Morning, Elly Or pester Elly, who may never have her calf. We are supposed to get rain from Danny tomorrow. If there are high winds, I think that’s the time she’ll freshen. Her official due date was the 24th, so she is now four days over due and not really showing many signs. She’s had a bit of mucus and her udders are filling up, but she’s still eating for two and quite active. She is loving all of the extra attention. If you can believe it, I haven’t quite figured out yet whether I will bottle feed the calf or not. I’m leaning toward letting her raise it, but she’s never done that before. Her calf was always bottle raised, and she led her life tethered in a stall.

This entry was posted in Cow, Ewes, Icelandic, Lambs, Pigs, Politics, Sheep. Bookmark the permalink. Post a comment or leave a trackback: Trackback URL.

3 Comments

  1. Posted August 28, 2009 at 12:24 pm | Permalink

    Lisa,

    I read your post above. I would like to talk about “BIG” ag. It seems to me there is a disconnect. Granted it is easy to define a large farming operation as Big ag, but to me, painting all large producers with the same brush gets us nowhere. Size sometimes has little to do with Big ag. To make am assumption, which is sometime dangerous, I believe you are trying to define big ag as the companies that produce their “products” in any way they can to make a buck, regardless of animal welfare and the environment. Yes, there are companies out there that do that, but the farmers on Twitter don’t do that. You can farm 300 acres and be considered “big” ag if you are not ethical. I engage with many farmers daily on Twitter….you should also. I think you will find that they are trying to raise our food in the most efficient, sustainble way they can. Are we going to have differences on what is sustainable; certainly. I am glad about that. Differences are how we progress.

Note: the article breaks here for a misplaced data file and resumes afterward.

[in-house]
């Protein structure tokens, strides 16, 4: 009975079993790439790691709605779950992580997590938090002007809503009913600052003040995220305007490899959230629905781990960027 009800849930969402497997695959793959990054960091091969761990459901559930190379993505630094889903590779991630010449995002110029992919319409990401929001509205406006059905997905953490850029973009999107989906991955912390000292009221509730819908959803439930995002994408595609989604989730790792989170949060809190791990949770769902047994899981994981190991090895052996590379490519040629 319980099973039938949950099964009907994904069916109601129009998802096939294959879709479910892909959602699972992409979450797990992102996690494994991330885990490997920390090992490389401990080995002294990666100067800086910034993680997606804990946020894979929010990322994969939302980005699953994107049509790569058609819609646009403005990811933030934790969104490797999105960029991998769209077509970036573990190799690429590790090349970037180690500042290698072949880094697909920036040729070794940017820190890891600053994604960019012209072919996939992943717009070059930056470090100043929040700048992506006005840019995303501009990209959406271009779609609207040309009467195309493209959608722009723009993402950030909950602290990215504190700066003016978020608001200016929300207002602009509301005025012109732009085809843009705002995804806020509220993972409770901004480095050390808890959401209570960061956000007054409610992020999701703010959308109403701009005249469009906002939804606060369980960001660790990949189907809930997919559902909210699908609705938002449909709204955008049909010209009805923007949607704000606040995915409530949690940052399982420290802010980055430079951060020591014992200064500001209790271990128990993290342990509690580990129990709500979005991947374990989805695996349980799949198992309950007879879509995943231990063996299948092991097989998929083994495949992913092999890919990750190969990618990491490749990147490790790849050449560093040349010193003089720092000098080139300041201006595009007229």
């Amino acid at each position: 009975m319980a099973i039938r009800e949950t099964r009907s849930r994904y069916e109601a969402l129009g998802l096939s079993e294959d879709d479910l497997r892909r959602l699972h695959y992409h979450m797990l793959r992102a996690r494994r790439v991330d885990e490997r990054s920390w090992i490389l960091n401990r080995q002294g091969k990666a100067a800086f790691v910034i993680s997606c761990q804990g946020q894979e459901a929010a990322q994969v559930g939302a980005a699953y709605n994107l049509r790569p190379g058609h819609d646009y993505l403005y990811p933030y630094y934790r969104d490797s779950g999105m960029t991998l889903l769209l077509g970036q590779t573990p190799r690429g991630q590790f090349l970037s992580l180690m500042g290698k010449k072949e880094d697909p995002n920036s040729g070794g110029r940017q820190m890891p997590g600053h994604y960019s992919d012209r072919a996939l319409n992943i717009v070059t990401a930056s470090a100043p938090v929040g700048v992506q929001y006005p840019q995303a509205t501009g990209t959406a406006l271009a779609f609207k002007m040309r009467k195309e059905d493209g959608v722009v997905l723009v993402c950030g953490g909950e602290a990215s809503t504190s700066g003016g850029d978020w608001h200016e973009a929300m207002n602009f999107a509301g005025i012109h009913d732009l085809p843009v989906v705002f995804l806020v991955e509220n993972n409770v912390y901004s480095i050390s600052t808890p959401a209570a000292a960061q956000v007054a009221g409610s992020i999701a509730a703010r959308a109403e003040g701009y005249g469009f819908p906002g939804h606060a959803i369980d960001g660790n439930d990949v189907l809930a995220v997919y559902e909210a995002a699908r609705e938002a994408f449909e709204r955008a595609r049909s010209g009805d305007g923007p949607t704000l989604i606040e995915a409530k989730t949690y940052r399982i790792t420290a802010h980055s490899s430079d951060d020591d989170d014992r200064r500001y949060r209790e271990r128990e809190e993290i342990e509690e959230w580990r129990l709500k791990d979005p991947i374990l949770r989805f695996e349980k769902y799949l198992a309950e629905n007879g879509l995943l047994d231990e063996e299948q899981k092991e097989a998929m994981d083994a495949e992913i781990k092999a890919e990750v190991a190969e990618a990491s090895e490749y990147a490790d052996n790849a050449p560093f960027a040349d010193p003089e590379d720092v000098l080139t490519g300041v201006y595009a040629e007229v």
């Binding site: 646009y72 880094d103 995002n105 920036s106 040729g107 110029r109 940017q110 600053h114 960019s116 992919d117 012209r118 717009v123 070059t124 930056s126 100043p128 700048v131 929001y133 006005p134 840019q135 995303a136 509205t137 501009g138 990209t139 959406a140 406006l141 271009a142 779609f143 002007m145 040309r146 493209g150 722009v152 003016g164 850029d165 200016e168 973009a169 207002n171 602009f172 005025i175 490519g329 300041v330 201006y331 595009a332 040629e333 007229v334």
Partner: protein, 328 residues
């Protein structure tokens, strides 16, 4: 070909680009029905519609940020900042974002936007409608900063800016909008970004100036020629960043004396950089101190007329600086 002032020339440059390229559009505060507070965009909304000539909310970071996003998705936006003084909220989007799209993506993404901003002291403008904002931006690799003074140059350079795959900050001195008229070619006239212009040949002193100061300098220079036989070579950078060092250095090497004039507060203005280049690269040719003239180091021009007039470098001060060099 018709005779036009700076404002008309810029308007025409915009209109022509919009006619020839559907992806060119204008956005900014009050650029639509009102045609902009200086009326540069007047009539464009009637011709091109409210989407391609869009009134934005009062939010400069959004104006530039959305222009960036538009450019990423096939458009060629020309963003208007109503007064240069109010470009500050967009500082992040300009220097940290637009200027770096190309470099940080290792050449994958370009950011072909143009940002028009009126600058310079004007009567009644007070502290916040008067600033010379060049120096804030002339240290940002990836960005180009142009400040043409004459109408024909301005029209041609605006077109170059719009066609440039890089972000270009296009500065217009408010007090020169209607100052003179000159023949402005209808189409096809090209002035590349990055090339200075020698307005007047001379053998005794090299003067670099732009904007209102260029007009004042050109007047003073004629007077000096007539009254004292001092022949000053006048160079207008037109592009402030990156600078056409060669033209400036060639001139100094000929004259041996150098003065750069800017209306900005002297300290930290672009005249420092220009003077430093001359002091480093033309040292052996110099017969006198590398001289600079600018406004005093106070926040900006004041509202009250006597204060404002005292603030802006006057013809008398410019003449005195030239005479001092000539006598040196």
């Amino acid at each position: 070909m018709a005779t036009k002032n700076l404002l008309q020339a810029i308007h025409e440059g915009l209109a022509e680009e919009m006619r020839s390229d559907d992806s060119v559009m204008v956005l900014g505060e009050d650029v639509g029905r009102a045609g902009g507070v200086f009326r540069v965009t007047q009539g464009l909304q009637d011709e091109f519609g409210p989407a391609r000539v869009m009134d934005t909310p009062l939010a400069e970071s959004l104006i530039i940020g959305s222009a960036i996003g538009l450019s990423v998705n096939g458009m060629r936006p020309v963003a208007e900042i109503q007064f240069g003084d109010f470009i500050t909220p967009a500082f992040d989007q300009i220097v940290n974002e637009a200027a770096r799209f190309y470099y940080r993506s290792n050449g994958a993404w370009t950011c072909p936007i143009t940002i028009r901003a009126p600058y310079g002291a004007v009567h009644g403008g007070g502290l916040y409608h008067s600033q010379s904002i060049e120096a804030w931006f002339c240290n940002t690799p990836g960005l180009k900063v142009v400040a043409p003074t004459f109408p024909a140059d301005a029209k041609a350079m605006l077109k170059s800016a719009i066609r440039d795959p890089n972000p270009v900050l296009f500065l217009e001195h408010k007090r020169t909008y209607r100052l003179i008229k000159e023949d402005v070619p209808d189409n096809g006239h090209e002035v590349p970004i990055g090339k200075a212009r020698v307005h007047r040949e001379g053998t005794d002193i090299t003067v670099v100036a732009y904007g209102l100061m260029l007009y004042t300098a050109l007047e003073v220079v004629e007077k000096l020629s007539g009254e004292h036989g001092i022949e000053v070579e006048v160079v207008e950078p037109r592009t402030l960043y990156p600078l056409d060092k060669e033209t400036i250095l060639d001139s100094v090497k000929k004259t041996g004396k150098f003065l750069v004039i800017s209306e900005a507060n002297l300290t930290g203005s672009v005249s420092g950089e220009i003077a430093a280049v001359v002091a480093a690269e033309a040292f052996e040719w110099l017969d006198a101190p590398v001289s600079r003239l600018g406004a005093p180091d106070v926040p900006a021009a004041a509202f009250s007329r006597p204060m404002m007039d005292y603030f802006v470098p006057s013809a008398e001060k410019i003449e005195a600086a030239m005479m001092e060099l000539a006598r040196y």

In regards to the TIME article. The reason the farmers on Twitter are upset about that is that their management practices are not included. @TroyHadrick, @RayLinDairy, and @FarmerHaley were not represented in the TIME piece. I will bet the farm (note the pun) that how they raise our food is so polar opposite from the portrayal in that piece that you wouldn’t even think they were farming!

    Thank you for taking the huge risk and producing our food…..join us on Twitter and Facebook. It is good for the soul. I can be found on Twitter at http://www.twitter.com/natejtaylor and on Facebook here http://www.facebook.com/nate.j.taylor.

    Regards,
    NJT

  2. Frank
    Posted August 28, 2009 at 2:49 pm | Permalink

    Nate,

    I’m sure the three individuals you mention are as you say they are. That does not mean that the big CAFO operators are not out there as well, and they are certainly hopping mad. The American Enterprise Institute a few weeks ago ran an article by a grain farmer trashing Michael Pollan. There was some serious tapdancing around the truth.

    The antibiotic issue (what I recall from the Time article) is the same way. In response to an attack on the specific practice of continually feeding antibiotics, we get an explanation that off-label uses are necessary. Yup, they are. Darn few drugs labeled for sheep, says the sheep farmer. Which does not in any way justify continual feeding, which pretty clearly breeds resistant pathogens, which neither we nor the animals need.

    As growth boosters, they do not IMO justify the societal costs of resistant bugs. If continual antibiotics are needed just to prevent outrageous mortality, then I will assert that the growing conditions involved constitute animal cruelty.

  3. Posted August 28, 2009 at 3:02 pm | Permalink

    Frank,

    There are plenty more than 3…just a quick set that by no means is indicative of the actual numbers. I don’t disagree at all in that CAFO’s are angry and handle themselves inappropriately. Should we fight for better actions on the part of these bad companies and practices? Absolutely. What we need to be careful of is the broad brush that is used. You and I may be able to discern fact from friction, tapdancing from direct response; however, I do not believe that the average TIME reader can. We cannot expect them to without education. Maybe a section in the article talking about the other 95% of farmers out there and how they raise our food would go a long way. As a matter of fact, that would be journalism. That is the issue, IMO

    In the end, I feel the discussion really needs to take place upstream from the actual farming.

    Best,
    NJT